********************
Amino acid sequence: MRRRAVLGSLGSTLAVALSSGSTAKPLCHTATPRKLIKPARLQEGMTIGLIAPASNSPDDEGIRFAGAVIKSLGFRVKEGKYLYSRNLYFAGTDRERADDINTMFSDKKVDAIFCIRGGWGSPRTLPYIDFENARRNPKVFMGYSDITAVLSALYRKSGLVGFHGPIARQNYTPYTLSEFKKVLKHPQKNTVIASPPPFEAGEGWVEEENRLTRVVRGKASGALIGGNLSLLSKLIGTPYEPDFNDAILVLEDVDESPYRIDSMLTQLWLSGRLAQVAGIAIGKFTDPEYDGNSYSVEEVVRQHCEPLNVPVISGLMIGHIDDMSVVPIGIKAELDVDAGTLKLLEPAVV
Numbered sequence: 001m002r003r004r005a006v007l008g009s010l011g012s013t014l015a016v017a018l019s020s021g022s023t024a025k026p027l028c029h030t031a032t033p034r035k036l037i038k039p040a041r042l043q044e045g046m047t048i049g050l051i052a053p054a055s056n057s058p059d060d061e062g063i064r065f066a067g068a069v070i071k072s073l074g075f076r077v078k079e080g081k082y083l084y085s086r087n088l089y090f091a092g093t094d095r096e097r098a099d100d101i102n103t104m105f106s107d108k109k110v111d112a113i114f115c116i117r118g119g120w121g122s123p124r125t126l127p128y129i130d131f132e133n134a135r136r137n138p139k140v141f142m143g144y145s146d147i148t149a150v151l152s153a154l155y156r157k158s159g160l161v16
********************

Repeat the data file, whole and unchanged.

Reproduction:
Amino acid sequence: MRRRAVLGSLGSTLAVALSSGSTAKPLCHTATPRKLIKPARLQEGMTIGLIAPASNSPDDEGIRFAGAVIKSLGFRVKEGKYLYSRNLYFAGTDRERADDINTMFSDKKVDAIFCIRGGWGSPRTLPYIDFENARRNPKVFMGYSDITAVLSALYRKSGLVGFHGPIARQNYTPYTLSEFKKVLKHPQKNTVIASPPPFEAGEGWVEEENRLTRVVRGKASGALIGGNLSLLSKLIGTPYEPDFNDAILVLEDVDESPYRIDSMLTQLWLSGRLAQVAGIAIGKFTDPEYDGNSYSVEEVVRQHCEPLNVPVISGLMIGHIDDMSVVPIGIKAELDVDAGTLKLLEPAVV
Numbered sequence: 001m002r003r004r005a006v007l008g009s010l011g012s013t014l015a016v017a018l019s020s021g022s023t024a025k026p027l028c029h030t031a032t033p034r035k036l037i038k039p040a041r042l043q044e045g046m047t048i049g050l051i052a053p054a055s056n057s058p059d060d061e062g063i064r065f066a067g068a069v070i071k072s073l074g075f076r077v078k079e080g081k082y083l084y085s086r087n088l089y090f091a092g093t094d095r096e097r098a099d100d101i102n103t104m105f106s107d108k109k110v111d112a113i114f115c116i117r118g119g120w121g122s123p124r125t126l127p128y129i130d131f132e133n134a135r136r137n138p139k140v141f142m143g144y145s146d147i148t149a150v151l152s153a154l155y156r157k158s159g160l161v16